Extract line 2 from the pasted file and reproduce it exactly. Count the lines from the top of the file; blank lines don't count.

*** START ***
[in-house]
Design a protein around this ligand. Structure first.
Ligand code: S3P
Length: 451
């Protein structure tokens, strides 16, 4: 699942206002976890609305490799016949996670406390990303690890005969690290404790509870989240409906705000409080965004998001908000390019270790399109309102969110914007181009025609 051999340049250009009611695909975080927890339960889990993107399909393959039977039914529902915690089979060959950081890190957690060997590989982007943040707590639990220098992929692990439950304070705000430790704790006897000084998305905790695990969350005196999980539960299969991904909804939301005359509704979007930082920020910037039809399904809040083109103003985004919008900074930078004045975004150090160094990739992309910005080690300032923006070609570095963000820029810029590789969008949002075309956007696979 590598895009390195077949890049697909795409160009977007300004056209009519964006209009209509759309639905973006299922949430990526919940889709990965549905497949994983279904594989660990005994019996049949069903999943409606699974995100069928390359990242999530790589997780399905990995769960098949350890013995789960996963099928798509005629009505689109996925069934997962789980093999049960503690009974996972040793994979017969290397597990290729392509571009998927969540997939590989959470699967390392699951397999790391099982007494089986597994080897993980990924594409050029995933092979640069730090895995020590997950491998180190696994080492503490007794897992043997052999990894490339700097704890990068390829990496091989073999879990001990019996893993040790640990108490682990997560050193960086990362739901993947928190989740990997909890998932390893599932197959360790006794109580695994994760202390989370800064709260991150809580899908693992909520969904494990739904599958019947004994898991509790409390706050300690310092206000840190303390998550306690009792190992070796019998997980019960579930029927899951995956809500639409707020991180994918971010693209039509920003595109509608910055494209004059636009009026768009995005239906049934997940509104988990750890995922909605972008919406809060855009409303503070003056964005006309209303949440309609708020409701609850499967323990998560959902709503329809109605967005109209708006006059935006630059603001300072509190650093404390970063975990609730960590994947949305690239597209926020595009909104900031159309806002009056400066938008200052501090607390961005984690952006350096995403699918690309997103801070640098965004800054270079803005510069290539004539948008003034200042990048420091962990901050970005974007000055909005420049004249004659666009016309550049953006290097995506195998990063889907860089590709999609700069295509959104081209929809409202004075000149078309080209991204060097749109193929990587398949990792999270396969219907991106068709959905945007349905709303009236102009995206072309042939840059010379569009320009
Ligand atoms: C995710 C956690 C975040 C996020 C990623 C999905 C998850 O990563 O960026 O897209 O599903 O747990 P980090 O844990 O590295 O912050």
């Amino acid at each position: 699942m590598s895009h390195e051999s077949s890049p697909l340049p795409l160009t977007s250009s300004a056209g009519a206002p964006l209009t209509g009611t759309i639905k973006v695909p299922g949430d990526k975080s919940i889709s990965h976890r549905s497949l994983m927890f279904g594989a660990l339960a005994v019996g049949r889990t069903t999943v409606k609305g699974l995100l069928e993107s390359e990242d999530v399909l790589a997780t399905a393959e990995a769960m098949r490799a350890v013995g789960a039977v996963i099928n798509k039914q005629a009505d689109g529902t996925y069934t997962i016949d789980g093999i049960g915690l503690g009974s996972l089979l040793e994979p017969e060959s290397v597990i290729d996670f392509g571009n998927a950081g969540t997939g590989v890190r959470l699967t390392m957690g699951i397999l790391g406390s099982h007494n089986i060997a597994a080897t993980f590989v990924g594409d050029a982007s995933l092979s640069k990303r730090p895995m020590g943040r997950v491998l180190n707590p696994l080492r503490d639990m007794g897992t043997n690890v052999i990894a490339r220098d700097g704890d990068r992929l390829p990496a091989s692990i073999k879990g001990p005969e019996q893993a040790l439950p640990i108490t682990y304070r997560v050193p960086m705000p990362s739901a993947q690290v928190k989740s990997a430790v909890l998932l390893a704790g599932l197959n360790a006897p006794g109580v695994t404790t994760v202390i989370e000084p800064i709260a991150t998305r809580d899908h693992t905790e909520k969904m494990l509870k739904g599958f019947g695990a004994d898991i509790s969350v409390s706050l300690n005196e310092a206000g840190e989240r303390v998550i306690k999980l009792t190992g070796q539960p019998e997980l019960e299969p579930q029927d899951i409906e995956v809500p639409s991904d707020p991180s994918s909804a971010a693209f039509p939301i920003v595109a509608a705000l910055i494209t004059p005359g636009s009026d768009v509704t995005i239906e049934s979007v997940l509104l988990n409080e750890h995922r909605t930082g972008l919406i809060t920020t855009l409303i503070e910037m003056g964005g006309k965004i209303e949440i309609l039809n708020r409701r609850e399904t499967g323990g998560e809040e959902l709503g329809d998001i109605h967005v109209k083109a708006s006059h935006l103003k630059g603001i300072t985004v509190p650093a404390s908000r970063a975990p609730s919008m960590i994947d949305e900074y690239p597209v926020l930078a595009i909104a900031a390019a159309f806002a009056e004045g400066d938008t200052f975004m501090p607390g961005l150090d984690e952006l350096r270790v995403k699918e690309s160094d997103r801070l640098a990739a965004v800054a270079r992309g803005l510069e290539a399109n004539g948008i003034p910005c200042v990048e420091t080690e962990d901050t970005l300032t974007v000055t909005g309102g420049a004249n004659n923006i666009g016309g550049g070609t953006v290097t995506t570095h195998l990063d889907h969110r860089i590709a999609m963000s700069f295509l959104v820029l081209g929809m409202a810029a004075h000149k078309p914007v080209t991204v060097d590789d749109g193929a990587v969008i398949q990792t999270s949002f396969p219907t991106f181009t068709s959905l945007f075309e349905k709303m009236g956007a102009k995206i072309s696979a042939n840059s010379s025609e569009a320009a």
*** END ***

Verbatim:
Design a protein around this ligand. Structure first.